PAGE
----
Creating Momentum for Complete Streets in Prince George’s County

Recently, staff and elected leaders of nine municipalities from Prince George’s County attended a National Complete Streets Coalition workshop to learn more about the steps needed to write, adopt, and implement an effective Complete Streets policy.. The workshop sought to bring together multiple communities in order to capitalize on the strong network of cities and towns in the county, and create a network for peer support as communities work to adopt Complete Streets policies.

The State of Maryland and Prince George’s County both have Complete Streets policies. Most of the communities in the county have state and county roads within their boundaries and some do not own any of their roads. The workshop attendees indicated they wanted their policies to align with the state and county policies. A Complete Streets policy will help these communities clearly articulate their commitment to multi-modal travel when the state and county undertake roadwork in their jurisdictions.

Also discussed was the importance for a pedestrian or bicyclist to have the ability to easily travel from one community to another. For example, Mt. Rainier is known for public art and Hyattsville has an abundance of restaurants. These communities are adjacent to one another, but there is currently not a pleasant or safe way to walk or bicycle between them. Adopting Complete Streets policies will aid the communities in creating a multi-jurisdictional network that facilitates safe and easy travel for bicyclists and pedestrians.

The workshop was co-hosted by the Greater Washington DC Safe Routes to School Network and the HEAL Cities and Towns Campaign of the Mid-Atlantic. Taking advantage of their related missions, the greater Washington DC network and the HEAL Cities and Towns Campaign were able to support communities with a pre-workshop Complete Streets 101 webinar. The communities will also be provided with technical assistance conference calls and webinars to ensure they have the support they need for policy adoption.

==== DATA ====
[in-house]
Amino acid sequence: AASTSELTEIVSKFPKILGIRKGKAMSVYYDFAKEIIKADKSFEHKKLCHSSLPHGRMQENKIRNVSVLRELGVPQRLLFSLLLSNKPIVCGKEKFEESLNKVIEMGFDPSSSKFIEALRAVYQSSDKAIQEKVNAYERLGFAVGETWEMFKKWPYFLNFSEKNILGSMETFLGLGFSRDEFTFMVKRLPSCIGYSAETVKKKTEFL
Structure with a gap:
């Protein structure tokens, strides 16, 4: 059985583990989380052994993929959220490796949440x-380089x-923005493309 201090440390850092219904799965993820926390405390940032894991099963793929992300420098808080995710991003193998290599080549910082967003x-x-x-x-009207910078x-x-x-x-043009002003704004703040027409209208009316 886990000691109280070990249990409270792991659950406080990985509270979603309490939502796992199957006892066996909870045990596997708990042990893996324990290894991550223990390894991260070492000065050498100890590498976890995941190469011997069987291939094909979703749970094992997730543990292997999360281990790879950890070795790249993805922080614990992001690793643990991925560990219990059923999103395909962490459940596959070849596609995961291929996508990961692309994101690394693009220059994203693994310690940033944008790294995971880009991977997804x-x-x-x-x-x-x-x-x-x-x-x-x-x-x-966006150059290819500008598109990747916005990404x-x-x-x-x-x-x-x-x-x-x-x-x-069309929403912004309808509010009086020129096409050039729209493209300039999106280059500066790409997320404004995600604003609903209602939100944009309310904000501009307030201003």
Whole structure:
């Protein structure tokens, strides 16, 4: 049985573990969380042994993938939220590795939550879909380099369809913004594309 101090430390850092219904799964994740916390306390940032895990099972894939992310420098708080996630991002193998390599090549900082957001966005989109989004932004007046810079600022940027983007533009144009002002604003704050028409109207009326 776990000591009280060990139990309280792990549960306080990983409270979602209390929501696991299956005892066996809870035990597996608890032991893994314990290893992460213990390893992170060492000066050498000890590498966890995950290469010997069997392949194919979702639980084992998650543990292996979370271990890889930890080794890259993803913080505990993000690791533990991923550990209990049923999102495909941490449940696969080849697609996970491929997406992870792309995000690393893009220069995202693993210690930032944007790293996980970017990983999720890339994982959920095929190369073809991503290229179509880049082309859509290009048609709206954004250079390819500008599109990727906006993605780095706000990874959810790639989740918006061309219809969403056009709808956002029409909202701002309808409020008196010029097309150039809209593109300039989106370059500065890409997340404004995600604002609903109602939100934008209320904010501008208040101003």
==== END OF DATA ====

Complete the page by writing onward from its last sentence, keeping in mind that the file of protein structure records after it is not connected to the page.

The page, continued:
Partnerships, both in hosting the workshop and in policy adoption, are a key outcome of the Complete Streets workshop. We look forward to many of these communities adopting Complete Streets policies in the future, and improving safety for walking and bicycling in Prince George’s County and the cities and towns within the county.

This blog post is cross posted on the HEAL Cities and Towns of the Mid-Atlantic and Safe Routes to School National Partnership websites.

Track 20 participants by midnight and win up to $150 for your school!

It’s Time to Fire Up Your Feet!

Our first weekly breakout challenge ends tonight at midnight, and we still have awards to give away! Just track an activity for at least 20 individuals to be eligible. You can easily win this award for your school with just 10 minutes of your time. Here’s how:

  • Register as a coordinator at
  • Using the coordinator tracker, create a group (for example, “Smith classroom” or “PE class”)
  • Add 20 or more students, parents or school staff to the group (Hint: Your child’s classroom probably has at least 20 students in it!)
  • Track an activity for the entire group with one click. Bicycling to school, recess, walking, sports, PE class – it all counts!

That’s it! More specific information about Challenge in Awards is available for the Baltimore region (including Frederick, Montgomery and Prince George’s Counties), Virginia and Washington DC.

Contact Christine ( with any questions about how it all works.